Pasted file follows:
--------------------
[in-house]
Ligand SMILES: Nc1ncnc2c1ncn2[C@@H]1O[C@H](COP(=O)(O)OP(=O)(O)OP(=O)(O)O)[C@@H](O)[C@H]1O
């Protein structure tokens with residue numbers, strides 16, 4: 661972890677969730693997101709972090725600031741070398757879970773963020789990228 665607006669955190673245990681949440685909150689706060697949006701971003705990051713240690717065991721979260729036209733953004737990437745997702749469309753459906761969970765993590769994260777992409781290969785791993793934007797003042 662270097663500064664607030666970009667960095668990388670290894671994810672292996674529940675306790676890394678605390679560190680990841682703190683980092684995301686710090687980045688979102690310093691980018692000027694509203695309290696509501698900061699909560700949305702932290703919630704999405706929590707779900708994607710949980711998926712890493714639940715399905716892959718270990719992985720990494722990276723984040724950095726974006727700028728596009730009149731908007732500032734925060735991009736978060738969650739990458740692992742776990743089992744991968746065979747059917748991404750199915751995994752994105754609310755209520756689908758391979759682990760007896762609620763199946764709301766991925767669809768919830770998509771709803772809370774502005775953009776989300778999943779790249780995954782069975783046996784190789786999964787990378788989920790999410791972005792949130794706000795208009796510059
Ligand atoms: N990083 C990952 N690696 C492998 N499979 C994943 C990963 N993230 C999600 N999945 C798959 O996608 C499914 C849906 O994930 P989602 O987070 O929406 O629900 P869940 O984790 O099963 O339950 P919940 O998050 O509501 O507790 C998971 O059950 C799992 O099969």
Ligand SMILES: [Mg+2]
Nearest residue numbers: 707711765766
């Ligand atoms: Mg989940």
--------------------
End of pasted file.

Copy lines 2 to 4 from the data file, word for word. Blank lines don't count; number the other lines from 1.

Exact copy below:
Ligand SMILES: Nc1ncnc2c1ncn2[C@@H]1O[C@H](COP(=O)(O)OP(=O)(O)OP(=O)(O)O)[C@@H](O)[C@H]1O
């Protein structure tokens with residue numbers, strides 16, 4: 661972890677969730693997101709972090725600031741070398757879970773963020789990228 665607006669955190673245990681949440685909150689706060697949006701971003705990051713240690717065991721979260729036209733953004737990437745997702749469309753459906761969970765993590769994260777992409781290969785791993793934007797003042 662270097663500064664607030666970009667960095668990388670290894671994810672292996674529940675306790676890394678605390679560190680990841682703190683980092684995301686710090687980045688979102690310093691980018692000027694509203695309290696509501698900061699909560700949305702932290703919630704999405706929590707779900708994607710949980711998926712890493714639940715399905716892959718270990719992985720990494722990276723984040724950095726974006727700028728596009730009149731908007732500032734925060735991009736978060738969650739990458740692992742776990743089992744991968746065979747059917748991404750199915751995994752994105754609310755209520756689908758391979759682990760007896762609620763199946764709301766991925767669809768919830770998509771709803772809370774502005775953009776989300778999943779790249780995954782069975783046996784190789786999964787990378788989920790999410791972005792949130794706000795208009796510059
Ligand atoms: N990083 C990952 N690696 C492998 N499979 C994943 C990963 N993230 C999600 N999945 C798959 O996608 C499914 C849906 O994930 P989602 O987070 O929406 O629900 P869940 O984790 O099963 O339950 P919940 O998050 O509501 O507790 C998971 O059950 C799992 O099969």